This Lincolnshire market town is worthy of a visit if not for its river but for its location in the intriguingly named district of South Holland. Oh! And its tandoori, obviously, but more on all that in a minute.
The once-booming trade in bookbinding in the Georgian marketplace has given way to modern-day bookmaking and it's more about the vapes than the capes, these days, right cloud chasers?
Speaking of which, real clouds have been chased on the way here and they've only just about departed making for an initially damp, early-evening inspection.
That means everything, so far, in Spalding is fairly familiar so it's not unlike everywhere else in the UK that's slightly isolated. What here has, however, is the added attraction of a river and boy, what a river!
Willows weep over the River Welland, of course, one of several waterways in these parts although the rest are largely artificial.
Drainage channels for what is part of the Fens, you see, dug to keep the fertile flatlands dry for the potatoes on your plate and to keep the Wash where it is, for now, right Extinction Rebellion?
Ye Old White Horse might still have the shutters up so it's back over the bridge to the Lincolnshire Poacher for refreshments near a riverbank.
Saying that, some subsequent, erm, research suggests the Poacher can now be filed in the permanently closed category so it's back over the bridge to see if Ye Olde White Horse has reopened.
The Poacher is handier, however, for Spalding's water taxi, which will ferry you to an out-of-town shopping outlet partly along a drainage channel. It's not everywhere you get to do that and this might well be an option if Ye Olde White Horse hasn't reopened.
Fleshpots abound along Winsover Road but that's heading out of town so you need to do a U-turn and head back on Station Street to Sheep Market, making it more of a ewe-turn, eh?
The public lavs laid on for your convenience sport a curious mosaic, now known to celebrate the passing through of the 2012 Olympics torch relay in these parts.
Spalding artist and tiny-tile arranger Fiona Gurney was commissioned to commemorate this event with five such displays here and in surrounding towns. The cycles simply represent one of the events Team GB should do well in but what's with the tulips you might well ask?
No, this isn't a plug for the East of England's premier, family-run, electrical retail chain although that kind of is.
Head upstairs, however, and the kitchen ovens are of the tandoor variety and, speaking of ovens, the Prior's Oven, less than a minute's walk away, is handy for an aperitif.
The Prior is a proper micropub and an alternative to Spalding's more, erm, lively establishments with regulars including Oakham Ales last seen in, well, Oakham. The rest of the regulars look to be all of Spalding's ageing bohos and this is where they come to bicker and booze, brilliant.
Meanwhile, back at the Gurkha Oven, the rest of Spalding, apart from the ageing bohos, are in here tonight and it looks to pip the Tulip Tandoori as Spalding's preferred pakora provider but what's with the tulips you might well ask, again?
South Holland should be a clue even if the names, incidentally, are coincidental. Some bright spark simply decided in the early 1900s to import Dutch bulbs turning the area into a horticultural hotbed for those fond of a flower.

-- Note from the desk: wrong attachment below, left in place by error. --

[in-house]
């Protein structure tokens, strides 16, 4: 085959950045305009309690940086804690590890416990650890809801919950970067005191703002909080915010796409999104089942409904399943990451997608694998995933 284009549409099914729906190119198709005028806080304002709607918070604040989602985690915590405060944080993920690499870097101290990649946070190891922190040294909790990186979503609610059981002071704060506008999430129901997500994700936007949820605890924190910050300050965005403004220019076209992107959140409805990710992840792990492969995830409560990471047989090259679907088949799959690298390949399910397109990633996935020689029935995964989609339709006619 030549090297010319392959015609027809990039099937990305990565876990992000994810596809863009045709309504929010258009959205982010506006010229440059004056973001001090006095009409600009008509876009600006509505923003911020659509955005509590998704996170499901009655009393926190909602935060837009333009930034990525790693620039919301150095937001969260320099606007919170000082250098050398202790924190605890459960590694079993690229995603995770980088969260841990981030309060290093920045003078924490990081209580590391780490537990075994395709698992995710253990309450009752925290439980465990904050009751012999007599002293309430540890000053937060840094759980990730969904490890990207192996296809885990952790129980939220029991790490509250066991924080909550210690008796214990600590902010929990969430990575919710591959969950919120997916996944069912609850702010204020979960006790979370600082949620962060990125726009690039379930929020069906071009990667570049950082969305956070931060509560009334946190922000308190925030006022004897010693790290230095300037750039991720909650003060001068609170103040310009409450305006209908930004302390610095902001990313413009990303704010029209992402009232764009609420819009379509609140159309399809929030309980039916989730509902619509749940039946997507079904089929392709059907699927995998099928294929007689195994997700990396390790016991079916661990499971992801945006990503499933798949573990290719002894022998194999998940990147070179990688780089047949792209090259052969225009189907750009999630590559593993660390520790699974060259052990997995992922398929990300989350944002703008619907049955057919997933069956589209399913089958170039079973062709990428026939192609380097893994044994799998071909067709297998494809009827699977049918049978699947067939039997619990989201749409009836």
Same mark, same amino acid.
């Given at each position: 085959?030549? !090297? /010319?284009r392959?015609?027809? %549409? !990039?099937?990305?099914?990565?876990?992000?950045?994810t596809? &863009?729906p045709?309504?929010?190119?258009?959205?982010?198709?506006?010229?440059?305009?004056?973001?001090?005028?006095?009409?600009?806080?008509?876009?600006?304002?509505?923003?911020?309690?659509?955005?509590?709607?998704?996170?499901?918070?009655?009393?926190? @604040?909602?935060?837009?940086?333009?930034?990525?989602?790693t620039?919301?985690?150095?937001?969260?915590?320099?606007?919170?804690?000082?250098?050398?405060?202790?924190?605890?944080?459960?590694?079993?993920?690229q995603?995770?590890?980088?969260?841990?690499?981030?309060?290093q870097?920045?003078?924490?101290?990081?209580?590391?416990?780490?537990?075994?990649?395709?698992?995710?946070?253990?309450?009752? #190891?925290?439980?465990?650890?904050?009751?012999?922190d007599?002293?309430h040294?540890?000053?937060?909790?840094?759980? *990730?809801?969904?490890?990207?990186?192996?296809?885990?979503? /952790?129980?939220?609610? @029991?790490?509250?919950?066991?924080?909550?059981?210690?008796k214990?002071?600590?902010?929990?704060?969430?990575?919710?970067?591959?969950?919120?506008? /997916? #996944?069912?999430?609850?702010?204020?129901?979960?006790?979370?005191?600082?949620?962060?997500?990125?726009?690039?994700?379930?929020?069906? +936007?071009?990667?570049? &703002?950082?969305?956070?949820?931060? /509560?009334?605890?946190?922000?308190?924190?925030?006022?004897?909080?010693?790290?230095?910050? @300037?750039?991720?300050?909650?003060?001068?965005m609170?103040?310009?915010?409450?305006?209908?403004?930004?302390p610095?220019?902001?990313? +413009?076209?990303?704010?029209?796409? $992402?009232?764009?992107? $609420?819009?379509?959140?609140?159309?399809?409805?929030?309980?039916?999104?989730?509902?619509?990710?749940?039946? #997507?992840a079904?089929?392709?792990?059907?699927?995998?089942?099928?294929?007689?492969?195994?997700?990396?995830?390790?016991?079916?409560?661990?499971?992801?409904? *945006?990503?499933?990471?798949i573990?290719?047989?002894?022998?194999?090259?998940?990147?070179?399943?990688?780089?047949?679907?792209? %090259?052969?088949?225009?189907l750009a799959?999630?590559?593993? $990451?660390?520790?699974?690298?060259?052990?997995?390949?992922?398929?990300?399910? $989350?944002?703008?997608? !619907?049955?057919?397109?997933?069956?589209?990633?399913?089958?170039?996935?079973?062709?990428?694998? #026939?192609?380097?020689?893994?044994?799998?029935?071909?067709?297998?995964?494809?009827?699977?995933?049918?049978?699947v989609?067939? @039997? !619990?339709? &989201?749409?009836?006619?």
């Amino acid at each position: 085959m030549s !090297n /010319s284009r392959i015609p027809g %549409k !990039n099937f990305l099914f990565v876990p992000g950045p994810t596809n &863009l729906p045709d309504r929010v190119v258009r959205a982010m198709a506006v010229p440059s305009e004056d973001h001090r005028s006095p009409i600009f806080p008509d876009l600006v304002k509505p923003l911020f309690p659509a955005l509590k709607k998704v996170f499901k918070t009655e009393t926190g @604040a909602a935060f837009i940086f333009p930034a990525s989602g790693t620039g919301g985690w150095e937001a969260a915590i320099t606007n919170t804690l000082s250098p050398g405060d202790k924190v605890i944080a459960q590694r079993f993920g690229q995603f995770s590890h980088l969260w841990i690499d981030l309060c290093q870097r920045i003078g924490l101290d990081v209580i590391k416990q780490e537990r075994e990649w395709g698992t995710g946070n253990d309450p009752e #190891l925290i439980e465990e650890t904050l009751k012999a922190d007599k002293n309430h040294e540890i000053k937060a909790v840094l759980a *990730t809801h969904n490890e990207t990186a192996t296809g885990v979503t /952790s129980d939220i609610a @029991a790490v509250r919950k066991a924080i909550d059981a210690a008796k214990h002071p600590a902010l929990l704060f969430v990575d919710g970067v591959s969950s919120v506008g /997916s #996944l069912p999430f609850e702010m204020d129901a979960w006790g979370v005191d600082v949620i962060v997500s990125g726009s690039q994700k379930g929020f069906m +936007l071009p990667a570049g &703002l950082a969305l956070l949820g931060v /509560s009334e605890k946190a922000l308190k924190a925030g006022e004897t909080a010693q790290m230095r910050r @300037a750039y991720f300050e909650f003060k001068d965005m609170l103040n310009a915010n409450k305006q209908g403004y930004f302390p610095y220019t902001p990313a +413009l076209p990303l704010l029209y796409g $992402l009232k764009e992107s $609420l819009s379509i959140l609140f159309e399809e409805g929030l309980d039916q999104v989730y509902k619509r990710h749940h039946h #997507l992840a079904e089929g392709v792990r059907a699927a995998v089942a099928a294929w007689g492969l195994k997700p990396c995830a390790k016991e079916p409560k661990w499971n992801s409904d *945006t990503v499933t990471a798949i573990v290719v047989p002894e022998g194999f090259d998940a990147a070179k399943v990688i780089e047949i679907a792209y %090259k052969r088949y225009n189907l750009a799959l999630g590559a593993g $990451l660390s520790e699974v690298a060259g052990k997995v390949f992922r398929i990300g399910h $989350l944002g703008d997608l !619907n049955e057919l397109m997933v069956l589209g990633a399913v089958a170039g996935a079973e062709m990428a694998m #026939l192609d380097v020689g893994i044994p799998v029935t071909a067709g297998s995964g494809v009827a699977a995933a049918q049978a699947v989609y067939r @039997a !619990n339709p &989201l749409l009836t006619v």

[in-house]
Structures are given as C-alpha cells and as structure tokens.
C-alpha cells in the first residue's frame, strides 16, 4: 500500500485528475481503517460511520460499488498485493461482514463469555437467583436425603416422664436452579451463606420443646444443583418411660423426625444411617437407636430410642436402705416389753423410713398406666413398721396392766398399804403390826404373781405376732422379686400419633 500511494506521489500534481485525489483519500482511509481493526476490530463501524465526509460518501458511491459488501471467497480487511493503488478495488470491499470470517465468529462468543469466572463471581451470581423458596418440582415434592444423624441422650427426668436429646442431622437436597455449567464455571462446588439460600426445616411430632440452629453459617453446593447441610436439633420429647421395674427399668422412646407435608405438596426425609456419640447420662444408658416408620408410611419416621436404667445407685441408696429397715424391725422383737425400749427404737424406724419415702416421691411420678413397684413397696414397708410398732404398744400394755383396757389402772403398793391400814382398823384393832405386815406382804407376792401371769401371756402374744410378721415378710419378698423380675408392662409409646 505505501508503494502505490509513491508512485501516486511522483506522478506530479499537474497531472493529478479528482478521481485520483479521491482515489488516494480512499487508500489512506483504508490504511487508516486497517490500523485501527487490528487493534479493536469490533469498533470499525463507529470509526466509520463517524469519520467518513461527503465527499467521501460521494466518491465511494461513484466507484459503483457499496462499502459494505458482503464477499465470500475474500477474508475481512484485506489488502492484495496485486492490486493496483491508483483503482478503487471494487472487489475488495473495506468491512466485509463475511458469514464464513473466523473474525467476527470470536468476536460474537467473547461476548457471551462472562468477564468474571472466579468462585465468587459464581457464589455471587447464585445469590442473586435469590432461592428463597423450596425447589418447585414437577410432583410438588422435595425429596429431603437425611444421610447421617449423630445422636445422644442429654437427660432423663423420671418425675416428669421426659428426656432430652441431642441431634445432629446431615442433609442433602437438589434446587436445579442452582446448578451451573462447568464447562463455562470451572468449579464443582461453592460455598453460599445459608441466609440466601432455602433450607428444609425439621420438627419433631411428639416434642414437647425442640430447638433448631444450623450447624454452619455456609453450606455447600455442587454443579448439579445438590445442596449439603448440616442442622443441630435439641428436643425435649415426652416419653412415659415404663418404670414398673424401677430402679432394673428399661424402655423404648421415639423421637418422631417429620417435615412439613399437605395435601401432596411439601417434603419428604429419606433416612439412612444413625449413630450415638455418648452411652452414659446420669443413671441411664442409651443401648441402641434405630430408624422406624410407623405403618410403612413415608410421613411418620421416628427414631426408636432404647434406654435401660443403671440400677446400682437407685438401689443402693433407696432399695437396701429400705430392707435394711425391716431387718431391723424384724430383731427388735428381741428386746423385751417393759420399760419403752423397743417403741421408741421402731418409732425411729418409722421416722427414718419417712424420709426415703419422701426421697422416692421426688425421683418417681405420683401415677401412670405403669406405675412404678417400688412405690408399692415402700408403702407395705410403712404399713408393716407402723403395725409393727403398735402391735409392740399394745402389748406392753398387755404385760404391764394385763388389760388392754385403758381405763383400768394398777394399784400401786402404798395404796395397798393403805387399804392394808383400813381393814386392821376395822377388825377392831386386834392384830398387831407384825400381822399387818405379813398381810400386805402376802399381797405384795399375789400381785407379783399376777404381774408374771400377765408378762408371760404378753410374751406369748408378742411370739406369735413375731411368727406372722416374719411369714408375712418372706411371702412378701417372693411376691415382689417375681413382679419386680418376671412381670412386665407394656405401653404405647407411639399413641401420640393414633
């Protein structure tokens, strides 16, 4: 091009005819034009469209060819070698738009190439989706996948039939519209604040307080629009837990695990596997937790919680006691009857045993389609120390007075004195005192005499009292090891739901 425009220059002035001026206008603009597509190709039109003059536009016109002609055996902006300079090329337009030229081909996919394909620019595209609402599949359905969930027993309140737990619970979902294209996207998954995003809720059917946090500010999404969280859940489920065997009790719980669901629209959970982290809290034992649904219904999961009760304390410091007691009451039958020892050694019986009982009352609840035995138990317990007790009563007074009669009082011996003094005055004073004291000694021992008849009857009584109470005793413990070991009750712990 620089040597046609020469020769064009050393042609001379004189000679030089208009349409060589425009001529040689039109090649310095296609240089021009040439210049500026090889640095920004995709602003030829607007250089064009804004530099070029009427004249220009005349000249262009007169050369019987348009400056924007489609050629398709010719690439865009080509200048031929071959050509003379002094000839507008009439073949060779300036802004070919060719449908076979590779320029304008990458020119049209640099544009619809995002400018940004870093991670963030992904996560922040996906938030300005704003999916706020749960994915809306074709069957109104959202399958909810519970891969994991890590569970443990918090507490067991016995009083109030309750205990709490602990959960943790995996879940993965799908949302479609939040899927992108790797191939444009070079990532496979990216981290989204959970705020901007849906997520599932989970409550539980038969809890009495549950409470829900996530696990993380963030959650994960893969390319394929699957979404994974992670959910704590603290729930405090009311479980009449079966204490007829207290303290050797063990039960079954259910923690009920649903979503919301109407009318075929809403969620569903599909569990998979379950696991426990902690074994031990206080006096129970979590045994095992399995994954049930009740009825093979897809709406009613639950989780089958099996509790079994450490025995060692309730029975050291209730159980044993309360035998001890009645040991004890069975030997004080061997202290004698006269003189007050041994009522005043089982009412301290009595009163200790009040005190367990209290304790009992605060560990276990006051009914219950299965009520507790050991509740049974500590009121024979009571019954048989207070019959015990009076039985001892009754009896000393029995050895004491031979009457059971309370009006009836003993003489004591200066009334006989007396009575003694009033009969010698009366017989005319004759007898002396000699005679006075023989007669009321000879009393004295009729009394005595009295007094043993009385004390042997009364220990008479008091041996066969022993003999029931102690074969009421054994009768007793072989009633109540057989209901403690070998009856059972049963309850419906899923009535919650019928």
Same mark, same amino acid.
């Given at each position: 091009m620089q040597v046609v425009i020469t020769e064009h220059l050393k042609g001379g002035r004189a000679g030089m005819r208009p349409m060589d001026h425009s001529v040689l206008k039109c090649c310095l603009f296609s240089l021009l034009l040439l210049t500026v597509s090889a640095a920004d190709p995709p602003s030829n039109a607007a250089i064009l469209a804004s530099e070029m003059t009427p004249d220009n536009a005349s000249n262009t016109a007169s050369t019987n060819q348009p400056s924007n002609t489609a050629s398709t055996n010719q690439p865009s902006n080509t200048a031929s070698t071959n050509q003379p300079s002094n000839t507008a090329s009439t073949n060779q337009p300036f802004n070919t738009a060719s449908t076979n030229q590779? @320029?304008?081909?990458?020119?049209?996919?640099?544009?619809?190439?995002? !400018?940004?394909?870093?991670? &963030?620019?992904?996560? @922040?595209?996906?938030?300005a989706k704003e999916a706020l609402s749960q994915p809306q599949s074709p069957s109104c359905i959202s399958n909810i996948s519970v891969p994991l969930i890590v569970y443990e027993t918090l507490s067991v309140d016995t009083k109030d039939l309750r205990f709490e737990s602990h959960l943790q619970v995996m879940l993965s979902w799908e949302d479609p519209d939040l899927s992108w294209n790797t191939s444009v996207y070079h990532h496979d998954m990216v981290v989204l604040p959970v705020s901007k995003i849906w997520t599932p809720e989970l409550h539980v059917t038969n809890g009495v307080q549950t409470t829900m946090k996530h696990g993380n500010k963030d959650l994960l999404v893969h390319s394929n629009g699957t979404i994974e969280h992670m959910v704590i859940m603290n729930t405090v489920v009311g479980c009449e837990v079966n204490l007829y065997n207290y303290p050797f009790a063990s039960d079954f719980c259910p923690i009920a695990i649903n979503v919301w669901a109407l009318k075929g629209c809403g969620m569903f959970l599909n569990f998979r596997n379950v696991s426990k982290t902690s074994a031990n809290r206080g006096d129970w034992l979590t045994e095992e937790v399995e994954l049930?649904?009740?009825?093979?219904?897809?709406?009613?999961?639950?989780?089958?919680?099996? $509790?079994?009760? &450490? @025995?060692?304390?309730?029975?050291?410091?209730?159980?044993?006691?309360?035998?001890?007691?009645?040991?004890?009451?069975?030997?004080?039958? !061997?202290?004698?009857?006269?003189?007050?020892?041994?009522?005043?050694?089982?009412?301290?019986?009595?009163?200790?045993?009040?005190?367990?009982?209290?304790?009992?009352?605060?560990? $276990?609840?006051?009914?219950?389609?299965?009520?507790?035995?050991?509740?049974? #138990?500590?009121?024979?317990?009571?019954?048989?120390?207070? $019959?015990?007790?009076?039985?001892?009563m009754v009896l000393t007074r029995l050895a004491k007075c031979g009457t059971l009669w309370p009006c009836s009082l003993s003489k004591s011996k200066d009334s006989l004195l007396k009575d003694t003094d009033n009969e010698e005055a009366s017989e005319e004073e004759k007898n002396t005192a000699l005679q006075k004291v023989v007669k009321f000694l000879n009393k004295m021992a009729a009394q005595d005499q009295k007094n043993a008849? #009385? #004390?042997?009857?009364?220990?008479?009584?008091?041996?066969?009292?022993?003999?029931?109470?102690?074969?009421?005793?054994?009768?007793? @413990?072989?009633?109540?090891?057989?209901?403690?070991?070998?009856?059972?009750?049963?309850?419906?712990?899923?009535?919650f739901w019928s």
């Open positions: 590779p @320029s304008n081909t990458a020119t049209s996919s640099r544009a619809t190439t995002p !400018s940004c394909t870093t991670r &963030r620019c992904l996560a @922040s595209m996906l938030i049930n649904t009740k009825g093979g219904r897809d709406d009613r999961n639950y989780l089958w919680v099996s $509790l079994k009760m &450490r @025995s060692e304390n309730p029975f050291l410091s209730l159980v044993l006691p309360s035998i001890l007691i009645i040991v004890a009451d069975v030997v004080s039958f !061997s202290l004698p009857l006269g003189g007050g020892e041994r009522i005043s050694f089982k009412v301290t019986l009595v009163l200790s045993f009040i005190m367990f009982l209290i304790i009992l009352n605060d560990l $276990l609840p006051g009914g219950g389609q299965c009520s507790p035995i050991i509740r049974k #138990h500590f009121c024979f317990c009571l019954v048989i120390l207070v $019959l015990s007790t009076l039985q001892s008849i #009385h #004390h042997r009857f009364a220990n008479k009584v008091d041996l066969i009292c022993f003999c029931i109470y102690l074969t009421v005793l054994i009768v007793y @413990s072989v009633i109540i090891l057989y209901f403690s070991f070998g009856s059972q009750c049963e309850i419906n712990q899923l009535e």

The landscapes are surprisingly similar, they say, the original drainage ditches were Dutch engineered and if you look closely you will see the occasional windmill. Small waves of migrant workers have made the short hop across the North Sea only to be disappointed to find it's not that Boston.
This colourful connection used to be celebrated in the annual Spalding Flower Parade but in 2013 the local council announced they wouldn't\couldn't fund any future festivities. That's a shame because the heyday attracted 100,000 visitors, which is only slightly more than the number who have decided to dine at the Gurkha Oven tonight.
 It's known that you know that SlyBob now knows that a windpump is a type of windmill, actually.
All things stage and screen and not too much of a modern eyesore overlooking the marketplace.
Recent events include an evening with Geranium Greer and her one-woman show, a screening of Driving Miss Daisy and a standup performance by funnyman Omid Dja-Lily.
There used to be Italian restaurant inside where, no doubt, there was plenty of p-Aster on the menu, eh?
Something larger than is absolutely necessary telecoms-wise, surely, was sighted back near Sheep Market and there's another mast-related distraction on your way back to your lodgings via the big Sainsbury™s.
This one, however, ain't sat on no '60s eyesore but a concrete, minimalist tower that's owned by Anglian Water™, no less, and customers would once have had to climb the interior steps to pay their bills.
Recently revamped and tulip enhanced, Chatterton Tower still keeps Spalding's taps from running dry thanks to a 3.4 million litre water tank upstairs making this not so much a water tower but WHAT A TOWER!
Yes, that's already been said of Southwold and while it may be slightly unfair to compare Spalding with the delights of the Suffolk coast, it's handy for the long drive home and at least here has a tandoori.
The Spoons have a tradition of naming their pubs based on the history of the town or the old building they invariably inhabit. The inevitable offering in a town of this size is called the Ivy Wall, a reference to a reference point on an 18th-century town map that marks the approximate location of the glassy edifice.
There are no awards for their nearly-out-of-date ale but the Director of Contrived Waterhole Naming gets an impressive (4/5) for this one, that and the fact that SlyBob also like old maps.